In a thrilling contest between two former world champions desperate to return to world title glory, Brandon “The Heartbreaker” Figueroa improved round-by-round to win a unanimous decision over Mark “Magnifico” Magsayo, capturing the vacant Interim WBC Featherweight Title live on SHOWTIME from Toyota Arena in Ontario, Calif. topping a Premier Boxing Champions event.
“Man, I just went out there and wanted it and took the fight right to him,” said Figueroa. “I wanted this fight so bad. He came back a little, but once I hit him with a body shot it affected him and I put pressure, pressure, pressure on him.”
In a fight that didn’t appear as one-sided as the judges’ scorecards, Figueroa (24-1-1, 18 KOs) won by scores of 117-109 twice and 118-108. SHOWTIME’s Hall of Fame unofficial scorer Steve Farhood saw the fight 114-112 in favor of Figueroa, with two Magsayo point deductions for holding the difference in the fight on his scorecard.
“I thought the fight was much closer than the scores indicated,” Magsayo said. “I don’t know how to explain the scorecards or the point deductions. It’s very disappointing. I plan to move up to 130 pounds after this fight.”
Figueroa, who averages 92 punches thrown per round throughout his career, was limited to 54 punches thrown per round against Magsayo (24-2, 16 KOs). Figueroa threw 60 more punches than Magsayo but landed three fewer punches and the fighters were separated by more than four landed punches in just three of the twelve rounds.
Figueroa started slowly and had to withstand Magsayo’s best shots early in the fight, demonstrating that he has one of the best chins in boxing. But Magsayo tired as the rounds went on and was twice penalized for holding in rounds eight and eleven.
Figueroa, the former 122-pound world champion, is now in line to face WBC Featherweight World Champion Rey Vargas next. Vargas was ringside Saturday night.
“I felt strong,” the 26-year-old native of Weslaco, Texas said. “I just don’t stop. I don’t get tired and I’m relentless and I came forward and I wanted the fight. Whoever wants to fight me, I’ll fight. I want to fight for a world title. I just want to give the fans the fights they want.”
In a slugfest of a co-main event, power-punching Mexican Armando Reséndiz (14-1, 10 KOs) delivered a star-making performance, battering “Swift” Jarrett Hurd (24-3, 16 KOs) and spoiling the former unified 154-pound world champion’s comeback fight. The ringside physician stopped the contest five seconds into the tenth and final round due to a severe laceration on Hurd’s lip.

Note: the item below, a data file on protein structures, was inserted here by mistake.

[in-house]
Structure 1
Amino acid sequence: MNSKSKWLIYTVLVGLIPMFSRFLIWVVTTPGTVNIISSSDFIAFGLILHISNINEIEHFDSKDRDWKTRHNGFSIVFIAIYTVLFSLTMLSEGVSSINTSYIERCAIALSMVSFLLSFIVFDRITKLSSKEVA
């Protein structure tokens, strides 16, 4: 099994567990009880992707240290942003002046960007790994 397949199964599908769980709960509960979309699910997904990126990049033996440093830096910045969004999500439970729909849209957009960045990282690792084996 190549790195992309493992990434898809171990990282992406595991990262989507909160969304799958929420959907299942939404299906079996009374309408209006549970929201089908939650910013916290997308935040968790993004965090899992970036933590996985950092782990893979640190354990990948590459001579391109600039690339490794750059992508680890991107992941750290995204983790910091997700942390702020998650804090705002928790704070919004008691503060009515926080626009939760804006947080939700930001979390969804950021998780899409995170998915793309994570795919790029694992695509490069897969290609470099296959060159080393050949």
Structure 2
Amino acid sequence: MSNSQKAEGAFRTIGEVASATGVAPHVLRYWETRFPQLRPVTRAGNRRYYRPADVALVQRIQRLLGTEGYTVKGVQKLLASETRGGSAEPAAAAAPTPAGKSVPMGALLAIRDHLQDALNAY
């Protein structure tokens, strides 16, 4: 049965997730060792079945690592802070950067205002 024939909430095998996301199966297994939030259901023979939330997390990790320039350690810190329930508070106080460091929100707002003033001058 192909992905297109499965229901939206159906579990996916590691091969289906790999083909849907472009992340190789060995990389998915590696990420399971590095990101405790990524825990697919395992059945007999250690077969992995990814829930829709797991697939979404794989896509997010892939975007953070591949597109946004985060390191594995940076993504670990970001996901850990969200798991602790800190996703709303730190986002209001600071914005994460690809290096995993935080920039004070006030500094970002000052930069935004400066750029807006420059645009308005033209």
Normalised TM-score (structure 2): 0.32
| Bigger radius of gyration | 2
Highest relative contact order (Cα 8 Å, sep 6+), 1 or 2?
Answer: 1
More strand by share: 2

The determined Reséndiz outworked Hurd, landing 280 of his 780 punches thrown, the most connected punches of any Hurd opponent. In the spirited middleweight scrap, Hurd had his moments on the attack, connecting on 228 of his 562 (40 percent) punches thrown. However, Hurd, in his first fight in 21 months, was unable to overcome Reséndiz’s pressure and volume punching. Reséndiz landed 206 power punches, eventually opening up a deep cut on Hurd’s lip that caused the fight to end. At the time of the stoppage, Reséndiz was ahead on all three judges’ scorecards.
“I was visualizing this fight for so long, how I was going to win this fight,” Reséndiz said in the ring through SHOWTIME interpreter Felix DeJesus. “It was all about heart, but I know I can be even better and you’ll see what I mean in my next fight. I told everyone I was willing to go to war, I’m Mexican, after all. It was a strong, physical fight just like we expected. The results speak for themselves.”
Hurd tried working his jab early, landing a total of 27 jabs in rounds three and four, but fighting for just the third time in over three years, Hurd faded as the rounds went on. In rounds six through nine, Reséndiz landed 106 power punches while limiting Hurd to 69 landed power punches.